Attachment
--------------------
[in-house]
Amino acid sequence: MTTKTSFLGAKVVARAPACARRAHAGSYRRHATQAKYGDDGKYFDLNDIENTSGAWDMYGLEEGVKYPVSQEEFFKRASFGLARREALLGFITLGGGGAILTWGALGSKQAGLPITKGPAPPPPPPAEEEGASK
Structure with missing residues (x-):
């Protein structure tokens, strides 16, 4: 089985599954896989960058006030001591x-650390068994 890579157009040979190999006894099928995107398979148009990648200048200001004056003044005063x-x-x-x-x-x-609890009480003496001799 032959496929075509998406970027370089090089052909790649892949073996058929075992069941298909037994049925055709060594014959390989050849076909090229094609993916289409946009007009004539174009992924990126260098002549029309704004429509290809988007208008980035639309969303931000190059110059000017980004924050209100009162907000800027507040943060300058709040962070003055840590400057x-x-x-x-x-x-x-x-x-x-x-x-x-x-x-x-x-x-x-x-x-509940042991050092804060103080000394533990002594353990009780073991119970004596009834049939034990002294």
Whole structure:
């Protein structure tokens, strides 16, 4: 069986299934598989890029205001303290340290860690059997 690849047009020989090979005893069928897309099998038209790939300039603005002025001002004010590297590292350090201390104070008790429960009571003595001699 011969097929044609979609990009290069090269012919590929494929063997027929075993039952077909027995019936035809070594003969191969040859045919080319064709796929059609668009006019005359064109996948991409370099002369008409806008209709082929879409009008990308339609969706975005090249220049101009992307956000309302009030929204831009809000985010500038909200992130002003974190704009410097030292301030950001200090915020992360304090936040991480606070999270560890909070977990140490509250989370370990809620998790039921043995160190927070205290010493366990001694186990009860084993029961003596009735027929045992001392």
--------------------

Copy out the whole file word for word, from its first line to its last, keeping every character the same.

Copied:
[in-house]
Amino acid sequence: MTTKTSFLGAKVVARAPACARRAHAGSYRRHATQAKYGDDGKYFDLNDIENTSGAWDMYGLEEGVKYPVSQEEFFKRASFGLARREALLGFITLGGGGAILTWGALGSKQAGLPITKGPAPPPPPPAEEEGASK
Structure with missing residues (x-):
């Protein structure tokens, strides 16, 4: 089985599954896989960058006030001591x-650390068994 890579157009040979190999006894099928995107398979148009990648200048200001004056003044005063x-x-x-x-x-x-609890009480003496001799 032959496929075509998406970027370089090089052909790649892949073996058929075992069941298909037994049925055709060594014959390989050849076909090229094609993916289409946009007009004539174009992924990126260098002549029309704004429509290809988007208008980035639309969303931000190059110059000017980004924050209100009162907000800027507040943060300058709040962070003055840590400057x-x-x-x-x-x-x-x-x-x-x-x-x-x-x-x-x-x-x-x-x-509940042991050092804060103080000394533990002594353990009780073991119970004596009834049939034990002294």
Whole structure:
């Protein structure tokens, strides 16, 4: 069986299934598989890029205001303290340290860690059997 690849047009020989090979005893069928897309099998038209790939300039603005002025001002004010590297590292350090201390104070008790429960009571003595001699 011969097929044609979609990009290069090269012919590929494929063997027929075993039952077909027995019936035809070594003969191969040859045919080319064709796929059609668009006019005359064109996948991409370099002369008409806008209709082929879409009008990308339609969706975005090249220049101009992307956000309302009030929204831009809000985010500038909200992130002003974190704009410097030292301030950001200090915020992360304090936040991480606070999270560890909070977990140490509250989370370990809620998790039921043995160190927070205290010493366990001694186990009860084993029961003596009735027929045992001392």